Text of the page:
Security Research & Defense

Information from Microsoft about vulnerabilities, mitigations and workarounds, active attacks, security research, tools and guidance

May, 2009

  • More information about the IIS authentication bypass

    Security Advisory 971492 provides official guidance about the new IIS authentication bypass vulnerability.  We’d like to go into more detail in this blog to help you understand:

    • Am I at risk? If so, what could happen?
    • How can I protect myself?

    Which IIS configurations are at risk?

    Only a specific IIS configuration is at risk from this vulnerability. First, we will list configurations that are not at risk, so some of you reading can quickly stop worrying about your web servers:

    • An IIS server not running WebDAV is safe.
      The Windows Server 2003 IIS (version 6) shipped with WebDAV disabled by default.
    • An IIS server not using IIS permissions to restrict content to authenticated users is safe.
    • An IIS server that does not grant filesystem access to the IUSR_[MachineName] account is safe.
    • An IIS server that hosts web applications using only forms-based authentication is probably safe.

    If your web server meets all of the following criteria, you will want to read on:

    • IF an IIS 5, 5.1, or 6.0 webserver is running with WebDAV enabled;
    • AND the IIS server is using IIS permissions to restrict a subfolder of content to authenticated users;
    • AND file system access is granted for the restricted content to the IUSR_[MachineName] account;
    • AND a parent folder of the private subfolder allows anonymous access;
      THEN an anonymous remote user may be able to leverage this vulnerability to access files that normally would only be served to authenticated webserver users.

    This vulnerability is primarily an information disclosure threat.

    Does the information disclosure vulnerability completely bypass the authentication mechanism?

    Not exactly. The malformed URL causes the IIS access check to incorrectly be made using the IIS metabase access key from a parent directory instead.

    A malicious HTTP request sent to a vulnerable IIS server ends up being evaluated by both the web server and the WebDAV extension. When the WebDAV extension attempts to normalize the URL, it modifies the URL in such a way that the access check is made using the permissions from the parent directory but IIS serves the file in the sub-directory. Therefore, the most likely attack would be a malicious anonymous user requesting contents of a webserver subdirectory that uses IIS permission restricting access to only authenticated users. The root of the webserver would typically grant read access to the anonymous user account so this vulnerability would allow the protected subdirectories to be accessed using the permissions of the webserver root (allowing anonymous access).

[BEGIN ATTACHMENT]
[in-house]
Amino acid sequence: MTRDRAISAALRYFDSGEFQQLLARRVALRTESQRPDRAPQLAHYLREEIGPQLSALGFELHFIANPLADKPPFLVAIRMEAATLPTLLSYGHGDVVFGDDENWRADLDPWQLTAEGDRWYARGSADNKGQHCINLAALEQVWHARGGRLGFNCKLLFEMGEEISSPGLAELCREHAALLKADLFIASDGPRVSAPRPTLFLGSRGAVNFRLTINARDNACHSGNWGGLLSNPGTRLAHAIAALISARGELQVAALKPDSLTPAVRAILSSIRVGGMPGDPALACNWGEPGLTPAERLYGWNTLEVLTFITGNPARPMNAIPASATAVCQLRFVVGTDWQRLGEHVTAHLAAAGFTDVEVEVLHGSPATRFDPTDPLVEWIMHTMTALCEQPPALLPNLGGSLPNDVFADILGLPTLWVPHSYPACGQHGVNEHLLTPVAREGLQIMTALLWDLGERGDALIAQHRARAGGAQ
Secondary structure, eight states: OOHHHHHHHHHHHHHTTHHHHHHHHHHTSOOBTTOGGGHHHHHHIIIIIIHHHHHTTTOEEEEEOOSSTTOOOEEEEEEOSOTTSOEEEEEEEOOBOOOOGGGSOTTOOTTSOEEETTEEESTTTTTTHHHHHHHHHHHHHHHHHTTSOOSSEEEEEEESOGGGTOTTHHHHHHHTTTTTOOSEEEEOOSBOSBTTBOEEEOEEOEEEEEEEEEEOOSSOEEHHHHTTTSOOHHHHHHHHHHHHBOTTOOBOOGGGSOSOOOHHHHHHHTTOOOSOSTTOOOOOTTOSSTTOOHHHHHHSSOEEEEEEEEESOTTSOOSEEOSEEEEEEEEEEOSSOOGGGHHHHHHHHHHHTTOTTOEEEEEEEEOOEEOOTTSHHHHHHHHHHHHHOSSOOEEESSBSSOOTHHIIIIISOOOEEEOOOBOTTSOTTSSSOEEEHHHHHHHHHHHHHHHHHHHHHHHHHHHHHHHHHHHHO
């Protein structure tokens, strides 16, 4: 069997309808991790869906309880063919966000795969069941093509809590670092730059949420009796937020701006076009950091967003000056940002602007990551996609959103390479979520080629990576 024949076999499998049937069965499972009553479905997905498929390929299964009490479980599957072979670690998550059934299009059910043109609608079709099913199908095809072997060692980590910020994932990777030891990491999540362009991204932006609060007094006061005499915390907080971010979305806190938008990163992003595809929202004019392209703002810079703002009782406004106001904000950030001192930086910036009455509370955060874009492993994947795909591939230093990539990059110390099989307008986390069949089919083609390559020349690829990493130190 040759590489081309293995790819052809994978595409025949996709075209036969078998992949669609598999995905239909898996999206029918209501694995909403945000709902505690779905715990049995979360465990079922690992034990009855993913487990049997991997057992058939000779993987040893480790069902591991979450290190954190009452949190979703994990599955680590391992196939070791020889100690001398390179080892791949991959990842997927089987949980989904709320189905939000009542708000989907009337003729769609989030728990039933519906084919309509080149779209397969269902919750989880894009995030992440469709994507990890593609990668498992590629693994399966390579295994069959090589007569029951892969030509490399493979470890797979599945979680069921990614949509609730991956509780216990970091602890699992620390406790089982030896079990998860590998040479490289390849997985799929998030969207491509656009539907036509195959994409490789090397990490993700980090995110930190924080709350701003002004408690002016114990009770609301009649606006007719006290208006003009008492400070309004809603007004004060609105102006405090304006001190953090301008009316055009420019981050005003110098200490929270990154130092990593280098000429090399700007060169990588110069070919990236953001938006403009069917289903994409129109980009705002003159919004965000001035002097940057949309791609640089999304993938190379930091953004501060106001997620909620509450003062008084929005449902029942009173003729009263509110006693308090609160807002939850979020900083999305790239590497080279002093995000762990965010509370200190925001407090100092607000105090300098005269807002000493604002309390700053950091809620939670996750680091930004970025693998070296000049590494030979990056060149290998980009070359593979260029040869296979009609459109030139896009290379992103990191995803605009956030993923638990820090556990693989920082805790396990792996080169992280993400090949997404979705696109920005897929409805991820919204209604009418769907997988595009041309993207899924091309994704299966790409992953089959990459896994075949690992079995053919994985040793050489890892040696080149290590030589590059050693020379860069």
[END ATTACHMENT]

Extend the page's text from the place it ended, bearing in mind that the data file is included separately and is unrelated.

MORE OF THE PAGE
Why do you say “primarily an information disclosure threat”? What else could happen?

    We are still investigating different attack ideas possible using this vulnerability but the original report claimed files could be uploaded and modified. However, what we have found is that the IIS installer applies an NTFS access control entry to explicitly deny write access to the anonymous account (IUSR_[MachineName]) in wwwroot and subdirectories that inherit wwwroot’s ACL. So in the default case, this vulnerability will not allow a malicious attacker to upload or modify webpages.

    Mitigations and Workarounds

    At the top of this blog post, we listed the IIS configurations safe from this vulnerability. Each item could be turned into a workaround or mitigation.


    Workaround #1: Turn off WebDAV

    Turning off WebDAV might be a good option if you are not using it or can live without out until we have a security update available. You can find instructions at

    Workaround #2: Change filesystem ACL’s to deny access to IUSR_[MachineName]

    Remember that there are two levels of permissions for files served by IIS. First, the user must be granted access by the NTFS file system and only then are the permissions in the IIS metabase checked. If you deny access to the webserver anonymous account (IUSR_[MachineName]), the access check bypassed by this vulnerability will not be reached. You can find instructions for hardening file system permissions on a webserver at

    Workaround #3: Use URLScan to block malicious requests.

    URLScan helps protect affected systems from attempts to exploit this vulnerability. You can find instructions for deployment URLScan at


    Mitigation #1: WebDAV is disabled by default on IIS 6 (shipped with Windows Server 2003).

    Mitigation #2: If a web server does not use IIS permissions to restrict access to content, this vulnerability is not relevant.

    Mitigation #3: If a website uses forms-based authentication, this vulnerability is likely not relevant.

    This access check bypass vulnerability is most likely to be hit for websites implementing basic, digest, or integrated authentication. Most Internet-based websites use forms-based authentication (username / password form typed into the server-side webpage). A forms authentication schema implemented as an ISAPI filter on PREPROC_HEADERS would not be susceptible to this vulnerability. However, a forms authentication scheme implemented in an ISAPI extension would be susceptible because WebDAV would still get the request.

    Mitigation #4: IIS installer denies write access by default to the anonymous account (preventing webpages from being uploaded or modified using this vulnerability).

    Thanks to Wade Hilmo and Nazim Lala of the IIS team for help investigating this issue.

    If you have any questions, please send them in to Thanks.

    - Jonathan Ness, MSRC Engineering

    *Postings are provided "AS IS" with no warranties, and confers no rights.*

  • Safe Unlinking in the Kernel Pool

    The heap in user mode has a number of different measures built in to make exploiting heap overrun vulnerabilities more challenging. Similar checks have been in debug versions of the kernel pool for some time to aid driver debugging. Windows 7 RC is the first version of Windows with some of these integrity checks turned on in release builds.